I've been reading The Eight by Katherine Neville, a complicated conspiracy novel that pre-dates Dan Brown's The Da Vinci Code. I've marveled at how many historic characters Neville managed to include or mention in the novel: Marat, Robespierre, Talleyrand, Jaques-Louis David, Ben Franklin, Jefferson, Wordsworth, Blake, James Boswell, Rousseau, Napoleon, Catherine the Great, Bach, the mathematician Euler, Benedict Arnold, and on and on. The French Revolution, modern and historic chess players, the Freemasons, OPEC are all included.
It's pretty silly, really--shifting from the period of the French Revolution to the 1980's and back again with a grand and ancient conspiracy of good versus evil in which almost every historic personage has played a part.
Today, I picked up the book A Visit to Vanity Fair: Moral Essays on the Present Age by Alan Jacobs. Coincidentally:
1) the epigraph is a quote from W.H Auden, and I am currently rereading The Dyer's Hand, essays and lectures by Auden, and
2) the introduction includes references to Boswell, Blake, and Rousseau, although certainly not in the line of the fantastic conspiracy of The Eight, but rather in the sense that the three were famous essayists.
I've just finished The House of Silk, a modern Sherlock Holmes mystery. Holmes and Watson are always fun; Laurie King writes my favorite modern Holmes' stories featuring Mary Russell, but I've also enjoyed Carolyn Douglas' Irene Adler series.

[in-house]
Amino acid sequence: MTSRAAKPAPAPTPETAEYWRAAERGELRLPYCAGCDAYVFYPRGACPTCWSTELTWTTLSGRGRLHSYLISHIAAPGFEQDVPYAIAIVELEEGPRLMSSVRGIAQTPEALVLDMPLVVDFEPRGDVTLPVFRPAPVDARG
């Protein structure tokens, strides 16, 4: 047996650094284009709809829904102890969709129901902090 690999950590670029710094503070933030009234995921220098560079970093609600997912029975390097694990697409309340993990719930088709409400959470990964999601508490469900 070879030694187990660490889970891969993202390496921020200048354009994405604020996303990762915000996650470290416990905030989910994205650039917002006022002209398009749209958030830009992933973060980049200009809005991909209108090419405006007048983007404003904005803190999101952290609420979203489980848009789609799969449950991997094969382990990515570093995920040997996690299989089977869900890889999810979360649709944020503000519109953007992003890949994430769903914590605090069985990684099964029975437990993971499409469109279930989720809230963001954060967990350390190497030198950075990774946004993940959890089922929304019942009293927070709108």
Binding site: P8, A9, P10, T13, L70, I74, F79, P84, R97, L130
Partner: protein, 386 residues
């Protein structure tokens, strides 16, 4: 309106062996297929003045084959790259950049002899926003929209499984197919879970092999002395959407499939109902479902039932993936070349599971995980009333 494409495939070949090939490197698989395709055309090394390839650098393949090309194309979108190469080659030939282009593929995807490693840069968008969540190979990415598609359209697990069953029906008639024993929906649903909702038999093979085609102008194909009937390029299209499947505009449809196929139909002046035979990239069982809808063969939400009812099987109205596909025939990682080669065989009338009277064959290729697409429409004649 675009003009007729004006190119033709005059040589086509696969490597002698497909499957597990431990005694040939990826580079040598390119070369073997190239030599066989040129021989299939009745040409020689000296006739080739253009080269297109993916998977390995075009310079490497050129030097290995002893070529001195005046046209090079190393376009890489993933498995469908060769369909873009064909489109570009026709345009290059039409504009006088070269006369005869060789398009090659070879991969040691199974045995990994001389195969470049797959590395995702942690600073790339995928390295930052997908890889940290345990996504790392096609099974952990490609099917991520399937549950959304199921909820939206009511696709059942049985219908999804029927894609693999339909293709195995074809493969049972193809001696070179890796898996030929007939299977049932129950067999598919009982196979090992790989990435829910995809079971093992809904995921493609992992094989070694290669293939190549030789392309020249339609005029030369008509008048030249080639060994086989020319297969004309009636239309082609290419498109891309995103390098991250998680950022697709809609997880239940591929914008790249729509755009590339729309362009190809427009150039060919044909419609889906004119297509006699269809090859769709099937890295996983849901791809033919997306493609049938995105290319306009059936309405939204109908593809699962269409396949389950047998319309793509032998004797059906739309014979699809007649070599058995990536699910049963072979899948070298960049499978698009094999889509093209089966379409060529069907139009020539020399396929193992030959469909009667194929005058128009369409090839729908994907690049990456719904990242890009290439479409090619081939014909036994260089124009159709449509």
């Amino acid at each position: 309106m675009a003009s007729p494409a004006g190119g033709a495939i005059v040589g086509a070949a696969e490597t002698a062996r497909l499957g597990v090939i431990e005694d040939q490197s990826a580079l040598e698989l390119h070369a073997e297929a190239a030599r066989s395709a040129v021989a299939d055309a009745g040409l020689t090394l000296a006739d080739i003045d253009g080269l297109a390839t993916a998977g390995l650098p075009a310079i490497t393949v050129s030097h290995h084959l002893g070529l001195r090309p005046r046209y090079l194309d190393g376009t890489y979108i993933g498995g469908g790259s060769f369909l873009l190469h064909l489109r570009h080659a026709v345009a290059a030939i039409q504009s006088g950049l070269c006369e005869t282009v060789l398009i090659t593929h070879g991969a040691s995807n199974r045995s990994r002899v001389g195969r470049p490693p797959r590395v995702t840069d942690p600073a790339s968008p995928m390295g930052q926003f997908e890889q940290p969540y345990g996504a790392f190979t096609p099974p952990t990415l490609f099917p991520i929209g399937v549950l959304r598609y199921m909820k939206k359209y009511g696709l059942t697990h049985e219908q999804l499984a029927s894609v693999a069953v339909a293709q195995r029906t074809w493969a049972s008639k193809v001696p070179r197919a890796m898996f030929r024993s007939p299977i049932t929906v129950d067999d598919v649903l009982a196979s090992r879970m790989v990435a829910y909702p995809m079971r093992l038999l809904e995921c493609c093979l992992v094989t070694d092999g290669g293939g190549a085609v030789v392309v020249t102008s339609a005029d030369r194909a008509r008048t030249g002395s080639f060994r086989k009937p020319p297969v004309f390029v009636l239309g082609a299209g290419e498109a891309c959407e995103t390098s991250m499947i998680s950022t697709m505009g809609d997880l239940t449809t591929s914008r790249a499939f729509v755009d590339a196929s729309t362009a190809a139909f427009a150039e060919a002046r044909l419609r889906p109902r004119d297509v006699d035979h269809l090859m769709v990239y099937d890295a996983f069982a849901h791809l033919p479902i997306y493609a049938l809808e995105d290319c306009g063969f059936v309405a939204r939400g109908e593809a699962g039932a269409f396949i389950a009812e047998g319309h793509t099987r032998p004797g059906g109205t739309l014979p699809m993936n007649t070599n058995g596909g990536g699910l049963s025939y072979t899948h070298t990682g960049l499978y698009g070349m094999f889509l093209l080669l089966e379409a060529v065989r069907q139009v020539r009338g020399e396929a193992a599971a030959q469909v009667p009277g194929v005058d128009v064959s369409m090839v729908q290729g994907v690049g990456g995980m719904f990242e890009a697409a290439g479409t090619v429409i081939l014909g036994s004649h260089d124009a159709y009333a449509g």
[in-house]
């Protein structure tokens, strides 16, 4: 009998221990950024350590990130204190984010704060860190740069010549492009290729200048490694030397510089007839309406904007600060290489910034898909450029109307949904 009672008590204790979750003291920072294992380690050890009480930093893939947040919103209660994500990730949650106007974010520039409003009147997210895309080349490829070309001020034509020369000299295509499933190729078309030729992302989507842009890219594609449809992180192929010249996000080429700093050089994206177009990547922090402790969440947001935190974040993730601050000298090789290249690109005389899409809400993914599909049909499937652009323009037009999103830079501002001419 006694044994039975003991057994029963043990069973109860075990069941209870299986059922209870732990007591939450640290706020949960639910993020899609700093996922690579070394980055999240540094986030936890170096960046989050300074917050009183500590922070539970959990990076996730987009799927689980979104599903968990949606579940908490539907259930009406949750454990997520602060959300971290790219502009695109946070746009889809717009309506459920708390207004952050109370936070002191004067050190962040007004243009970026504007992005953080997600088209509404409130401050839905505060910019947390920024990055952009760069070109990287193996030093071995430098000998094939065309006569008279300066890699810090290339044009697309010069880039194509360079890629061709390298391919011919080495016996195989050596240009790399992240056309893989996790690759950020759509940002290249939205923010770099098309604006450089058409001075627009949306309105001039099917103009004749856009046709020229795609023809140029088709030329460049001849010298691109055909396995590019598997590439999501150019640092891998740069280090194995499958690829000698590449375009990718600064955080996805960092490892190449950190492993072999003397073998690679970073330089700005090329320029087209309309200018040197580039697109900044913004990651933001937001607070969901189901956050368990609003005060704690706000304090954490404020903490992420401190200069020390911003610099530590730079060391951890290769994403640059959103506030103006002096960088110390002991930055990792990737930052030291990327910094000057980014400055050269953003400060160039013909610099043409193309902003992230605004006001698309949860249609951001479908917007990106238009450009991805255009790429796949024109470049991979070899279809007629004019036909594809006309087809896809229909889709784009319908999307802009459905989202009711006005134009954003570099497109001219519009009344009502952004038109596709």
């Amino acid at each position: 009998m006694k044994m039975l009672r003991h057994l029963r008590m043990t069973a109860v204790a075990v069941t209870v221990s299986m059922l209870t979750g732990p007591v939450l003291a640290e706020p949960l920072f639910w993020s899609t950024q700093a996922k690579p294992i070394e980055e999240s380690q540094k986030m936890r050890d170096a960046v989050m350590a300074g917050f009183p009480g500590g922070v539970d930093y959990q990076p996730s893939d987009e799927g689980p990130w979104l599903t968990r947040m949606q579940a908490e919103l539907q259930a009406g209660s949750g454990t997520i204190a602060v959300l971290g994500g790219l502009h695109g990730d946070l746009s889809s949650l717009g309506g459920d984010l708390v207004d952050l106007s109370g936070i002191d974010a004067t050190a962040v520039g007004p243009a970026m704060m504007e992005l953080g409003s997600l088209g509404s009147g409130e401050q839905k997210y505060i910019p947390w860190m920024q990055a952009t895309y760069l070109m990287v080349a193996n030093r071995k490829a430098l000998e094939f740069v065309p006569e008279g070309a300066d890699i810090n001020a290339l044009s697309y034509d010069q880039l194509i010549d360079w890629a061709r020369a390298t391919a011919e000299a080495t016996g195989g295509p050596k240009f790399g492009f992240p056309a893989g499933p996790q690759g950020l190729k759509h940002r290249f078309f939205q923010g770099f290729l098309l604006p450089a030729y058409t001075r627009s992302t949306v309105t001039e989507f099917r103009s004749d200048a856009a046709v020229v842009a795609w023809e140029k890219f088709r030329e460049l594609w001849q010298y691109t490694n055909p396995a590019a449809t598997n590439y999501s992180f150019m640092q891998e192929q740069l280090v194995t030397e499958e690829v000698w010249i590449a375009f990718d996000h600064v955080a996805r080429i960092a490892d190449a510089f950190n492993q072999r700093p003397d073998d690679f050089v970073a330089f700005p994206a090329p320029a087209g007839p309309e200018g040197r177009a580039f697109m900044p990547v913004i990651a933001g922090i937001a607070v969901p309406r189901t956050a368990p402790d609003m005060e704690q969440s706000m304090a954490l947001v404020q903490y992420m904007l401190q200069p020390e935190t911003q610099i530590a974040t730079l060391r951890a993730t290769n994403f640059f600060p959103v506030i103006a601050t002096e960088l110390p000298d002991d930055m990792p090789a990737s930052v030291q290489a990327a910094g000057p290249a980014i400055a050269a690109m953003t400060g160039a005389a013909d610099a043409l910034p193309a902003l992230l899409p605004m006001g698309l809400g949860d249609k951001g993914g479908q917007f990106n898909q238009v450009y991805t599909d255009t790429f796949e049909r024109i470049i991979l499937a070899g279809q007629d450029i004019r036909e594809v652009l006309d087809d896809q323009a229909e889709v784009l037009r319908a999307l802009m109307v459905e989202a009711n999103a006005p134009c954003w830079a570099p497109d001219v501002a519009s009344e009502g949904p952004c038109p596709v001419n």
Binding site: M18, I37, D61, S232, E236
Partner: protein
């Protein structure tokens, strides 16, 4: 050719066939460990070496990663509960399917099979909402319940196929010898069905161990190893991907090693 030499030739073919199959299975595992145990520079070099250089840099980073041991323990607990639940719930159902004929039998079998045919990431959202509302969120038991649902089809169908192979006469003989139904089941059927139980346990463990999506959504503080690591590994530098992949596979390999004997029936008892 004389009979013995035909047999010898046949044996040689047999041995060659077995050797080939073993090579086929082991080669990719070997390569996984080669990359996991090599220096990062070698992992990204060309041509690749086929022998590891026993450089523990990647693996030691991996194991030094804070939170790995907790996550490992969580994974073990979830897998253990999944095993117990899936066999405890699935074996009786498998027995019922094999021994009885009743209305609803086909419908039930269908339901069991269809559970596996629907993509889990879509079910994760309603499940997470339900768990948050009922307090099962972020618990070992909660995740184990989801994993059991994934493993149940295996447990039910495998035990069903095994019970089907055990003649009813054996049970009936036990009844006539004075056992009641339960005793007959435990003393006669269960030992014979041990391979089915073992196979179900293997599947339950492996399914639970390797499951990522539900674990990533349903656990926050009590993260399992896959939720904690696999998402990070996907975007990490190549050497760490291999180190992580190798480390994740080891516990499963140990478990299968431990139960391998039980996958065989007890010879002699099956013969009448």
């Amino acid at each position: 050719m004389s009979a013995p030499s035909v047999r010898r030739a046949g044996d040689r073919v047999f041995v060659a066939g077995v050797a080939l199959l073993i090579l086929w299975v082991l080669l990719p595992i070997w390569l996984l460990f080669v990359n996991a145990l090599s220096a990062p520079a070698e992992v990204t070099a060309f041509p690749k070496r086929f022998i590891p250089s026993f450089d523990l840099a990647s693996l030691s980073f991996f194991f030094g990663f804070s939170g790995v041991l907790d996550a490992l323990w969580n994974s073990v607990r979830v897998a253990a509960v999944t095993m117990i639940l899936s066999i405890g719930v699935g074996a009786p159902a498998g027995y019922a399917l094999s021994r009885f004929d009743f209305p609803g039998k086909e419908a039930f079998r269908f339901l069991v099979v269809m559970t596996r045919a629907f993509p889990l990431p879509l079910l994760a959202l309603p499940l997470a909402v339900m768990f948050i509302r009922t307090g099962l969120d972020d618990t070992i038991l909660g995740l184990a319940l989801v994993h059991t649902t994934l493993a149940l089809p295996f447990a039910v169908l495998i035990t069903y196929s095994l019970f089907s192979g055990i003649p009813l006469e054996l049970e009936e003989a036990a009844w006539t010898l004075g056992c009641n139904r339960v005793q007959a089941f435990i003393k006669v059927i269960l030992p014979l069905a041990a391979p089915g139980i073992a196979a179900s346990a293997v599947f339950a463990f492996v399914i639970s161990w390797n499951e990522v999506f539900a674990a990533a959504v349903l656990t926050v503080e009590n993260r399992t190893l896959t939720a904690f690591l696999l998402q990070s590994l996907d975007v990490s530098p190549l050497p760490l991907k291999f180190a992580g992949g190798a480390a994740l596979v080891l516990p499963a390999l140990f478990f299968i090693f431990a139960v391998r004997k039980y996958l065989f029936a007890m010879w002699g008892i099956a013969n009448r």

Sherlock Holmes is well-represented in both films and television. The British television series with Jeremy Brett and some of the old movies with Basil Rathbone have great atmosphere. In sharp contrast, the new series Sherlock starring Benedict Cumberbach, features a modern Sherlock who uses cell phones and texting.
I'm planning to watch Guy Ritchie's Sherlock Holmes tonight. Even if the reviews were pretty bad, it will be fun to watch Robert Downey, Jr. and Jude Law--I hope.
On my list of Holmesian books/movies: They Might Be Giants (a 1971 film in which George C. Scott imagines himself to be Holmes) and The Final Solution by Michael Chabon. I like Chabon and don't know how I missed this one.